Nature Biomedical Engineering

Launched in January 2017, Nature Biomedical Engineering publishes original research, reviews and commentary of high significance to the biomedical engineering community, including bench scientists interested in devising materials, methods, technologies or therapies to understand or combat disease; engineers designing or optimizing medical devices and procedures; and clinicians leveraging research outputs in biomedical engineering to assess patient health or deliver therapy across a variety of clinical settings and healthcare contexts.

Publisher
NPG
History
2017-
Website
http://www.nature.com/natbiomedeng/
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Engineering

Monitoring electromagnetic signals in the brain with MRI

Researchers commonly study brain function by monitoring two types of electromagnetism—electric fields and light. However, most methods for measuring these phenomena in the brain are very invasive.

Computer Sciences

Prescience: Helping doctors predict the future

During surgery, anesthesiologists monitor and manage patients to make sure they are safe and breathing well. But these doctors can't always predict when complications will arise.

Engineering

TINY cancer detection device proves effective in Uganda testing

Its name is an acronym used to convey its size, but researchers at Cornell Engineering and Weill Cornell Medicine are hoping their hand-held cancer detection device's impact in the developing world is anything but small.

Engineering

Wearable ultrasound patch monitors blood pressure deep inside body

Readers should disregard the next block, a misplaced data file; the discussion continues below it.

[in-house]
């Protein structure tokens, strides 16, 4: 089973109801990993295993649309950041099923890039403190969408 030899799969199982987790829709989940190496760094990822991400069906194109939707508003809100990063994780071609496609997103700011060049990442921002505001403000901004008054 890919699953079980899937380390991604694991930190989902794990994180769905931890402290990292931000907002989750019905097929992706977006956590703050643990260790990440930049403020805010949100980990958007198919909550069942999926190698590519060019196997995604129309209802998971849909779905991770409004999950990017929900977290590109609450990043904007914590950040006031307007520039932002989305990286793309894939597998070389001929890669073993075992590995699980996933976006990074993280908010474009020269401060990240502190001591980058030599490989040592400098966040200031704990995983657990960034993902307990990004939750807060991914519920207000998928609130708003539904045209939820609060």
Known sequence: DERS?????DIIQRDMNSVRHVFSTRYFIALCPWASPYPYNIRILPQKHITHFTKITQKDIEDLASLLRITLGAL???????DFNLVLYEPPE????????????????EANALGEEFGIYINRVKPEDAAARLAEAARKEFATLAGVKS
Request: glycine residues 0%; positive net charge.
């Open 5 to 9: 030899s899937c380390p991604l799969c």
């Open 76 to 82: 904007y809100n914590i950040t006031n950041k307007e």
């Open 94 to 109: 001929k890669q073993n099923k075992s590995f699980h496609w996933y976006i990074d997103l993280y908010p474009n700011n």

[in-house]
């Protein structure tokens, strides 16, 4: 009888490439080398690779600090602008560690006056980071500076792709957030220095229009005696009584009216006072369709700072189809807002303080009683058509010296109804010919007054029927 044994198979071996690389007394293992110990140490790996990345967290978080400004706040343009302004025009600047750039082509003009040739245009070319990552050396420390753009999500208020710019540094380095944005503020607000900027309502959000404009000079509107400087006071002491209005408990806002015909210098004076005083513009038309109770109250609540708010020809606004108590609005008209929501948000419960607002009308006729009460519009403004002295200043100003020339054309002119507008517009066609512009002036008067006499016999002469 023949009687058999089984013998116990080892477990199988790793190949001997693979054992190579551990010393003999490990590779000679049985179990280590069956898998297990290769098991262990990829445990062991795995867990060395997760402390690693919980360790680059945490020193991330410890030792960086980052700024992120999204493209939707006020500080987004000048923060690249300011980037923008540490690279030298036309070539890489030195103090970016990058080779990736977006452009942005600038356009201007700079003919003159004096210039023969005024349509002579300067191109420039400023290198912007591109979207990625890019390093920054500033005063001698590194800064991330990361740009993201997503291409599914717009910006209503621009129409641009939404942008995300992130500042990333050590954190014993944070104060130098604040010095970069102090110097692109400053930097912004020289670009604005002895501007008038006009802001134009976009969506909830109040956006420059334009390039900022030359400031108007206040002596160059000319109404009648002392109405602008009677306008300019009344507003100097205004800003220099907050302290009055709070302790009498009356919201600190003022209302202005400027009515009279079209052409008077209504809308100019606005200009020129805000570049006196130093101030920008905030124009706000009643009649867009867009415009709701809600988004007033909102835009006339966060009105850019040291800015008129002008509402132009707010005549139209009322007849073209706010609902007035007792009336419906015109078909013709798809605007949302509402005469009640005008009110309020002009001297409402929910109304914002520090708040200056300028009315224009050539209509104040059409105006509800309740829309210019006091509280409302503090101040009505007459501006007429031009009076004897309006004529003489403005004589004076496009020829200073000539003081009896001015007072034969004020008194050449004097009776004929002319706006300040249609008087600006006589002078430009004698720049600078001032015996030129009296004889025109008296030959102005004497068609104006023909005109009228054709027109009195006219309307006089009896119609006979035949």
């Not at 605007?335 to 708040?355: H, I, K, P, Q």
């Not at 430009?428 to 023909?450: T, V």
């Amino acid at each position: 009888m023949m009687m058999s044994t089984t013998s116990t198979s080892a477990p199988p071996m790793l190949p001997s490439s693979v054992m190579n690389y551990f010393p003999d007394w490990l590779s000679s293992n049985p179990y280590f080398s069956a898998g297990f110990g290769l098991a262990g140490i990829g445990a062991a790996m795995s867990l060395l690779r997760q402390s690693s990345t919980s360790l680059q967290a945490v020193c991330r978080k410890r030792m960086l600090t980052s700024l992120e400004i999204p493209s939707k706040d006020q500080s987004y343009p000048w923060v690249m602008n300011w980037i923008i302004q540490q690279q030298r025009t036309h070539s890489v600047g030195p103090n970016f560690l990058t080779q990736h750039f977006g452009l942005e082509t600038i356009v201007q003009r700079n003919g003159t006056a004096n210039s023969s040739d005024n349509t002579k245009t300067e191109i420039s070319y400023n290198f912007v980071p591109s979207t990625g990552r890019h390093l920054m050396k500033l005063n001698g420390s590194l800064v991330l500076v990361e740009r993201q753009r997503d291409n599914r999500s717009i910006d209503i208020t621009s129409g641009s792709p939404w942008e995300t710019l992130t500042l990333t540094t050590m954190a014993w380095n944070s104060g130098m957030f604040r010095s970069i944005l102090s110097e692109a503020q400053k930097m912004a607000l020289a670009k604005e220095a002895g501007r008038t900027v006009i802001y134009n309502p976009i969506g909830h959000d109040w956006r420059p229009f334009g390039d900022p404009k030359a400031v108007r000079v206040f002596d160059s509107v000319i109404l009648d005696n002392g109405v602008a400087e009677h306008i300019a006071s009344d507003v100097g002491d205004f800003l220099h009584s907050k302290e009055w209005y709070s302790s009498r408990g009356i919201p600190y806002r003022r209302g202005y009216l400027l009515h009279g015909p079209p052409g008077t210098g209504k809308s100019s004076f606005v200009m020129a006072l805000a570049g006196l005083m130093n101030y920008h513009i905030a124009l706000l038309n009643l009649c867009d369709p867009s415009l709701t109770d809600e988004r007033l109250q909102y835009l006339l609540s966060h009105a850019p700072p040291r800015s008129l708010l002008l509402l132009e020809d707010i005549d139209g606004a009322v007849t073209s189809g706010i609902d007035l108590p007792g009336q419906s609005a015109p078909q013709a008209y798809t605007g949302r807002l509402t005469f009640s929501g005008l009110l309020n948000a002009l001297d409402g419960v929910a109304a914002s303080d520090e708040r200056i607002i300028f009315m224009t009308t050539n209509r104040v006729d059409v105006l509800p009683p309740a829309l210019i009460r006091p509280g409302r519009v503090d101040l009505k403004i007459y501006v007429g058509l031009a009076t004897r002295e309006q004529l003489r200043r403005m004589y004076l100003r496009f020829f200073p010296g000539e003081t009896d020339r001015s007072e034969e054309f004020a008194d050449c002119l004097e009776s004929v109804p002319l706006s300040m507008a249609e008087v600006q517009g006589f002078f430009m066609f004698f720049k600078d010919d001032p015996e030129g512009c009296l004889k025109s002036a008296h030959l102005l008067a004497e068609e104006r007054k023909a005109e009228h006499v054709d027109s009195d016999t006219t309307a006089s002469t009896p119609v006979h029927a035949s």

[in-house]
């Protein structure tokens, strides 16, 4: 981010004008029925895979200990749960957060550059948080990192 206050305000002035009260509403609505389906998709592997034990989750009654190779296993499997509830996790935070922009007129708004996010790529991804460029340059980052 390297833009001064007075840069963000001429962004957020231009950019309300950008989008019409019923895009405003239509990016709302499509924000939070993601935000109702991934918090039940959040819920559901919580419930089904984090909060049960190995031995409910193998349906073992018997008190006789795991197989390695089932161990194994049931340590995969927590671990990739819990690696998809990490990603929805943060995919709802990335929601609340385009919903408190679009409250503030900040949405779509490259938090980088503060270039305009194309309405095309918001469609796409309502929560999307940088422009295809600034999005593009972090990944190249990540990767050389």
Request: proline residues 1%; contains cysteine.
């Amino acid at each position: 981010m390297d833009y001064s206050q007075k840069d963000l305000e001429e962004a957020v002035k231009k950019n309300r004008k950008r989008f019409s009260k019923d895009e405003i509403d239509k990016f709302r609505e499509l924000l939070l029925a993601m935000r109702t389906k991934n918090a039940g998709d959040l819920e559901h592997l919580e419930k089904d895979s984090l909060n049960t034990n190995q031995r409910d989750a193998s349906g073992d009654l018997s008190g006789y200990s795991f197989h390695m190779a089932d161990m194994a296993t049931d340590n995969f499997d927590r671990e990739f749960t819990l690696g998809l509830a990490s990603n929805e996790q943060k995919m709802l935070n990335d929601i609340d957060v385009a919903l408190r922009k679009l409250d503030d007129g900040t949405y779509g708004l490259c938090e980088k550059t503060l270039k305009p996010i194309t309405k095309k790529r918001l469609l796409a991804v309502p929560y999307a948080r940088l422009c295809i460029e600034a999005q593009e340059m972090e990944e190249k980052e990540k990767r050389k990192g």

A new wearable ultrasound patch that non-invasively monitors blood pressure in arteries deep beneath the skin could help people detect cardiovascular problems earlier on and with greater precision. In tests, the patch performed ...

Engineering

MRI 'glove' provides new look at hand anatomy

A new kind of MRI component in the shape of a glove delivers the first clear images of bones, tendons and ligaments moving together, a new study finds.

Engineering

New microchip technology could be used to track 'smart pills'

Researchers at Caltech have developed a prototype miniature medical device that could ultimately be used in "smart pills" to diagnose and treat diseases. A key to the new technology—and what makes it unique among other ...

Engineering

Convolutional neural network able to identify rare eye disorder

(Tech Xplore)—A team of researchers with Sun-Yat-sen University and Xidian University, both in China, has developed a highly accurate convolutional neural network (CNN) system that is capable of recognizing a rare eye disorder ...

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